According to the U.S. Bureau of Labor Statistics, last year an average of nearly 4 million workers quit their jobs each month. A multitude of reasons has contributed to what is being called the “Great Resignation” during the ongoing pandemic:
- Employee burnout from working overtime
- Fear of contracting Covid-19 and spreading it to family members
- Lack of childcare resources amid school closures and online learning models
- The realization that there’s more to life than the 9-to-5 grind
Indeed, the times we live and work in are challenging and riddled with uncertainty. However, they also present an opportunity to take control. If you’re an aspiring entrepreneur, you may find that now is an ideal time to explore paving your own career path—on your own terms.
When I graduated from law school, the “expected” next step was getting a law firm job. While many of my fellow graduates took that route, it just didn’t feel quite right to me. I couldn’t picture myself working for someone else and wanted something different, something more.
My husband, who is also my business partner, faced a similar situation. Out of law school, he tried to get a job but no firms wanted to hire him. It was deflating at the time, but later became a blessing. Through those experiences of rejection, he discovered his true calling.
We put our brains together and launched our own company, which we later sold to Intuit in 2008 for $20 million. With a taste of entrepreneurial success and a love for business ownership, we launched CorpNet a year later.
While our circumstances may differ from what people are encountering with the pandemic and the Great Resignation, a parallel exists. Namely, people realize they do not have to be tied down to jobs that detract from their quality of life. They are learning they have the power within themselves to chart a different course and find fulfillment.
Here are some tips for entrepreneurs looking for something more following the Great Resignation:
1. Don’t sell yourself short
Just because you have never started a business before does not mean you don’t have the knowledge or qualities required. Tap into what you’ve done and learned in past job positions (sales acumen, customer service skills, technology proficiencies, project management mastery, etc.). Then assess gaps in your abilities and seek training, or find professional resources to fill the voids.
2. Don’t let naysayers get the best of you
You’ll find no shortage of critics to tell you why you won’t succeed. Take their commentary with a grain of salt.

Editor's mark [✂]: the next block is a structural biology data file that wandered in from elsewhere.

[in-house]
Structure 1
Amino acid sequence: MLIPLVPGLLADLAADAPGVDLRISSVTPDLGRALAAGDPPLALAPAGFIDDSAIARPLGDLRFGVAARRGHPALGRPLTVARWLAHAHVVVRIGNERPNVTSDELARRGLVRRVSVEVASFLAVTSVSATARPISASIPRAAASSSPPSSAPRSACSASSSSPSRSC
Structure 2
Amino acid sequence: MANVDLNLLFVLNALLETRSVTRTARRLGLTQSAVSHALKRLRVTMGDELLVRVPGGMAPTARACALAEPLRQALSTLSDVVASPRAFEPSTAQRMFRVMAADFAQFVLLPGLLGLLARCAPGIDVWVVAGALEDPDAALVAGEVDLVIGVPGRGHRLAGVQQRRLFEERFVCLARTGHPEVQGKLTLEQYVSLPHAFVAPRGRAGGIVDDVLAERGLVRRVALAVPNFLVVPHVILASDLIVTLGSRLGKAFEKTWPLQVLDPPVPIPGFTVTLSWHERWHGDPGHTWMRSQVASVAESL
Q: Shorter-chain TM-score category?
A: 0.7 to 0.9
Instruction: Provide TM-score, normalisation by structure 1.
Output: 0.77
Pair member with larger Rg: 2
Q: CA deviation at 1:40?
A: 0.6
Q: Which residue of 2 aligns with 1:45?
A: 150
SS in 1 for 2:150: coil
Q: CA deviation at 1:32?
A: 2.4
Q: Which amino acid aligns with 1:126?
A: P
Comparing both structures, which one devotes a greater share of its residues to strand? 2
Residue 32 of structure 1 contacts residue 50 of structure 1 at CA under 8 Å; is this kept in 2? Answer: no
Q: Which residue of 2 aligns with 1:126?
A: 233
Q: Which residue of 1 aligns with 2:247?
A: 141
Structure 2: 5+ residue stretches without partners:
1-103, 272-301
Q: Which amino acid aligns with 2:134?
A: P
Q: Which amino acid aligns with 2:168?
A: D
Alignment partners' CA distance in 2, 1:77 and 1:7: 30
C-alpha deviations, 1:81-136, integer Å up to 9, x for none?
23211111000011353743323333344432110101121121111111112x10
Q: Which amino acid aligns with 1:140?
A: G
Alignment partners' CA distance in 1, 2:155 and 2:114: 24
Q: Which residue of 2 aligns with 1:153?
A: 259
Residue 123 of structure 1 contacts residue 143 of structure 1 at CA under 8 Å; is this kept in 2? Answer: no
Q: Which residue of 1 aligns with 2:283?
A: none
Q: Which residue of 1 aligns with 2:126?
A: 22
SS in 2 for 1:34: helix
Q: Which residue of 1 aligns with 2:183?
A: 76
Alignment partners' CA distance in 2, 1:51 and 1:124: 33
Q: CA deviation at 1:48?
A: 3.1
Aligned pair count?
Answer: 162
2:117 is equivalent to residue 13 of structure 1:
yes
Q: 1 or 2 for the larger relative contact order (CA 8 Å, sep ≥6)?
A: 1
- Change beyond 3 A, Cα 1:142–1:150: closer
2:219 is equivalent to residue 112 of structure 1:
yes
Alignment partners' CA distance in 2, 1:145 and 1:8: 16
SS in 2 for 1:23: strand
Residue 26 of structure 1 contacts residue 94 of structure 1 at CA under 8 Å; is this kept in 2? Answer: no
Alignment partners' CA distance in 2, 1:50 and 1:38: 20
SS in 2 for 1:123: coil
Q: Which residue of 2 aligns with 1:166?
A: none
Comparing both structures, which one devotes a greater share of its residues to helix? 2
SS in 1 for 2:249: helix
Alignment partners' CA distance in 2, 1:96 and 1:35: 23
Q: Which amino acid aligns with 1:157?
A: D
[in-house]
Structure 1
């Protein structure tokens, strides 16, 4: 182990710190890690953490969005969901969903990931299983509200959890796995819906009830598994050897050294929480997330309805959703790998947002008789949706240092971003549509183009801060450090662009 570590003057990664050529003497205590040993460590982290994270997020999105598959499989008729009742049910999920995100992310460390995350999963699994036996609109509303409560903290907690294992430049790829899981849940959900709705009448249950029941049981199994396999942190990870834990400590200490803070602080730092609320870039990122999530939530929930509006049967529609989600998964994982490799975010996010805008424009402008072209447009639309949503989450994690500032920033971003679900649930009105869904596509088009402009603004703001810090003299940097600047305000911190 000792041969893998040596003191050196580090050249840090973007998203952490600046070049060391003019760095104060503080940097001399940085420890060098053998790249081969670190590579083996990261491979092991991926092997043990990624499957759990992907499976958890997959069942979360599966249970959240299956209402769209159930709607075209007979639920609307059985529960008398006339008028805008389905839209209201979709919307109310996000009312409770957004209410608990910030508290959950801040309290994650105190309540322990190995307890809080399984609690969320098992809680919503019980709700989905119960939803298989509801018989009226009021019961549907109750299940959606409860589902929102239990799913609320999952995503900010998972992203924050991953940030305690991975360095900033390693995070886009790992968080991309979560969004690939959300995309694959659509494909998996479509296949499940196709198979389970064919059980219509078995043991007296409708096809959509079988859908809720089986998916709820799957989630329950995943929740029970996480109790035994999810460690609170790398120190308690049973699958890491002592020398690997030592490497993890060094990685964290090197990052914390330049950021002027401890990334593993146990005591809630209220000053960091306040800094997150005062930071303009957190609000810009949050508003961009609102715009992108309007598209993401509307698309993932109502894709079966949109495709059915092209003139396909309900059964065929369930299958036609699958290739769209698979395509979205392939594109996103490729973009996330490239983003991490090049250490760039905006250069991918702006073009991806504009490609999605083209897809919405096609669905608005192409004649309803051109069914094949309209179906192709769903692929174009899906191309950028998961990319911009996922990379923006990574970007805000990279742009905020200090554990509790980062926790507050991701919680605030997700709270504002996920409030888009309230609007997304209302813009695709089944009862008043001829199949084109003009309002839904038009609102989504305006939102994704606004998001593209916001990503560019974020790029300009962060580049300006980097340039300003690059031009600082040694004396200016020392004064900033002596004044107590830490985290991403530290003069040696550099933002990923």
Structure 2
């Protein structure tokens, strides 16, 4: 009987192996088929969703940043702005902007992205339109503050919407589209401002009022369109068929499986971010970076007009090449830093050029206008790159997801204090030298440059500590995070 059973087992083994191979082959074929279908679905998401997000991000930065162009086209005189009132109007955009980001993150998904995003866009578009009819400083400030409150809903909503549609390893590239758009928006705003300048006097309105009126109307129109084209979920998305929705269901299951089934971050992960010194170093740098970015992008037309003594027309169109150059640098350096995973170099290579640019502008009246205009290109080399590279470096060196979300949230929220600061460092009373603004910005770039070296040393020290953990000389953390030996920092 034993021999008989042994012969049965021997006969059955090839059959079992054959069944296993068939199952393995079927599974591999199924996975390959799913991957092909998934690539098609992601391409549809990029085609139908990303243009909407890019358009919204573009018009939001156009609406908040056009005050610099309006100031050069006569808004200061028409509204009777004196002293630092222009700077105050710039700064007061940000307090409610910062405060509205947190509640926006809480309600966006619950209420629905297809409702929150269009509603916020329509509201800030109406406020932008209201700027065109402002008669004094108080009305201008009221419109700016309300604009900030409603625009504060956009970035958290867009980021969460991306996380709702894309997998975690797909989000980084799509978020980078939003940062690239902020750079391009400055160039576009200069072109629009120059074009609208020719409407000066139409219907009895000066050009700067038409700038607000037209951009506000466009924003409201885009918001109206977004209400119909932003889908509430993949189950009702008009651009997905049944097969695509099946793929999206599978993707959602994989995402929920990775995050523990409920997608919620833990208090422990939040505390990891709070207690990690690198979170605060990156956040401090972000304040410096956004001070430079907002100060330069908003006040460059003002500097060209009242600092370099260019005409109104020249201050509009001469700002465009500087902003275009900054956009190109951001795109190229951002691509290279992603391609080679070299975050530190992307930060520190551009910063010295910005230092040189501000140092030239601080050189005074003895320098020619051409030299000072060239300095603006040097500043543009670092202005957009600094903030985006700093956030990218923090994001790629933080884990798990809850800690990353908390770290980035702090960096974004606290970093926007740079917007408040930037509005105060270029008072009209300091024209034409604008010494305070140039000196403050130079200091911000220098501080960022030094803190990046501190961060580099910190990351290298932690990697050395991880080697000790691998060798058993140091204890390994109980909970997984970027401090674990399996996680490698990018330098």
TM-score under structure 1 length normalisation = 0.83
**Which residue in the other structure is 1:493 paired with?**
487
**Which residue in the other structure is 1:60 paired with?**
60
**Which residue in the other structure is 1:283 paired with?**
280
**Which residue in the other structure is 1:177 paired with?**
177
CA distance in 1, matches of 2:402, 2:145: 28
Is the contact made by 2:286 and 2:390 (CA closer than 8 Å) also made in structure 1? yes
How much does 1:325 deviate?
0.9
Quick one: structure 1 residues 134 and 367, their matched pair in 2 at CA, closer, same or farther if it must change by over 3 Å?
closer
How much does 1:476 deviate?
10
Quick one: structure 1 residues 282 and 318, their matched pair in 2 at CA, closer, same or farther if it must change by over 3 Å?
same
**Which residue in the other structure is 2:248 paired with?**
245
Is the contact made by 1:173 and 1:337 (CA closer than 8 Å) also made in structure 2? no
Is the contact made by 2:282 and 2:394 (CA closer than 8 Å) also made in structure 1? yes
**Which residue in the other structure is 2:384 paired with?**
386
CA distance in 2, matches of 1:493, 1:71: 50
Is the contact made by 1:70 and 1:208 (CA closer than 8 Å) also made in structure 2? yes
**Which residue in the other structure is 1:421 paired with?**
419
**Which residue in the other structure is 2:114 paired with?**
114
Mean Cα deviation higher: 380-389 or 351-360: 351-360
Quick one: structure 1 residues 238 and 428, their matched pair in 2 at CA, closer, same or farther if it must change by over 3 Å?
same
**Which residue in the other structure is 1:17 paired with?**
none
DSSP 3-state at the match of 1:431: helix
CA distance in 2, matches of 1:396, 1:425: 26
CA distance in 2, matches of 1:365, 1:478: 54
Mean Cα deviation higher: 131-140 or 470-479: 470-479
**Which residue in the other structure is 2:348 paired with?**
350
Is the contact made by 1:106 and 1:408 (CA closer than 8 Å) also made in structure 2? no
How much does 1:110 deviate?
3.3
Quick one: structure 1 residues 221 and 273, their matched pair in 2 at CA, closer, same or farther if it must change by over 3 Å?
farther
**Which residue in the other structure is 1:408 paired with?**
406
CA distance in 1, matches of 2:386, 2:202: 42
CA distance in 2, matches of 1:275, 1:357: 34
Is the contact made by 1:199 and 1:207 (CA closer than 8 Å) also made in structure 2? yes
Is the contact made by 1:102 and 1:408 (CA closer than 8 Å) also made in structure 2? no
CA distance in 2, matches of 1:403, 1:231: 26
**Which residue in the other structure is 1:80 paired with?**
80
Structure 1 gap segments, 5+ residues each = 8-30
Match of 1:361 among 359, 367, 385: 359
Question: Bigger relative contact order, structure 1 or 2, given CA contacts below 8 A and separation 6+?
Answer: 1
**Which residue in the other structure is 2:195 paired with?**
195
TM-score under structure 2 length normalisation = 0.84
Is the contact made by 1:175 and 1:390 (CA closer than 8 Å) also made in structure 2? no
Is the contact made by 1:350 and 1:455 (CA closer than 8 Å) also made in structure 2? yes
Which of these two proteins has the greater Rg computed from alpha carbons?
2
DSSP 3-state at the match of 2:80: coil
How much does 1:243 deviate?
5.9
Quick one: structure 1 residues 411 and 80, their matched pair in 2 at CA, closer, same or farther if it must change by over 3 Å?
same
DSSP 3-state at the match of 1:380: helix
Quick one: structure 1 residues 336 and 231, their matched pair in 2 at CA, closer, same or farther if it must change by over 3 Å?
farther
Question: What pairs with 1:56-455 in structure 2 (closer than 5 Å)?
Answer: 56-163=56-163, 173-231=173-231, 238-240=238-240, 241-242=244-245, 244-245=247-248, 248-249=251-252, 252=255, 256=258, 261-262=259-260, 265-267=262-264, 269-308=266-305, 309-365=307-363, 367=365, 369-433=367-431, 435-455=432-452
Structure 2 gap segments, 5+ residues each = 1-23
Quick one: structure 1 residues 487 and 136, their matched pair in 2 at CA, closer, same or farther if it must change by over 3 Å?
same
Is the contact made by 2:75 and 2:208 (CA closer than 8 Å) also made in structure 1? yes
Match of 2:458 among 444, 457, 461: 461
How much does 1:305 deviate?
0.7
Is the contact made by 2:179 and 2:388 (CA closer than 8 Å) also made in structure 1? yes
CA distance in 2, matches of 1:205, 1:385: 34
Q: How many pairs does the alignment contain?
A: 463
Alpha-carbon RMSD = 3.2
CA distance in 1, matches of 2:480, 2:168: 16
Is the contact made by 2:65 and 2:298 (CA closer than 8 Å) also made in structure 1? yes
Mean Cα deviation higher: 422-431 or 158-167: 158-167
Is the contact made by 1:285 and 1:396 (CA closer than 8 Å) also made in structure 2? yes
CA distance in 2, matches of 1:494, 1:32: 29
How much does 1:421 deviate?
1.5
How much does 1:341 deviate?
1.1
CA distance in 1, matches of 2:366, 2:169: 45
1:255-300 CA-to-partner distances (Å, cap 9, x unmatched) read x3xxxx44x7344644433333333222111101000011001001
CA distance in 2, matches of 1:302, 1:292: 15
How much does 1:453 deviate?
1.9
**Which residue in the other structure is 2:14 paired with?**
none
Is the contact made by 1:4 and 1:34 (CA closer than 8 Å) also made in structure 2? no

Yes, you should listen to constructive input and feedback from unbiased confidants as you hone your business idea. No, you should not take to heart ill-intended sentiments from people who have no understanding of business ownership and what it takes to launch and grow a company successfully.
Sadly, some people may resent your aspirations because of their own insecurities.
3. Have a plan
The process of starting a business involves many moving parts. While you don’t have to zero in on every fine detail from the get-go, it’s critical to identify the key areas you’ll need to address.
One helpful resource for small business startups is SCORE, the national nonprofit organization which provides free mentoring to entrepreneurs at all stages of their entrepreneurial journey. Also, attorneys, accountants, and tax advisors can help you understand your current situation and provide guidance on the legal and financial aspects of launching a business. They can offer expert advice as you make many important decisions, such as:
- Which business structure (e.g., sole proprietorship, partnership, limited liability, or corporation) should you choose?
- Should you trademark your business name?
- Does S Corporation election makes sense for your business?
- Should you hire employees or outsource tasks to independent contractors?
They also can help ensure you know what you need to do on an ongoing basis to keep your business compliant with all licensing, tax filings, and reporting required by state, local, and federal government agencies.
More articles from AllBusiness.com:
From resignation to entrepreneurship: Sometimes quitters do win
We’ve all heard the saying “Quitters never win.” However, quitting doesn’t always have negative outcomes. In fact, it can open the door to new, exciting opportunities—especially when it involves leaving a position in a toxic or unfulfilling workplace environment to start a successful business.
Don’t wait to build the life you want
Life is precious, short, and comes with the unexpected—good and not so good. Recently I slipped, fell, and hit the back of my head very hard on a concrete floor. I suffered a concussion and now have headaches that are making it difficult to focus.
This unanticipated experience has reminded me how quickly our lives can change. We should not take anything for granted nor settle for less than we want.
- Follow your passion and pursue your dreams.
- Do work that makes you happy and gives you fulfillment.
- Do not let fear of rejection or failure stop you; if you never try, you’ll never know your true potential.
About the Author
Nellie Akalp is Founder and CEO of CorpNet.com, a trusted resource and service provider for business incorporation, LLC filings, and corporate compliance services in all 50 states. See Nellie’s articles and full bio at AllBusiness.com.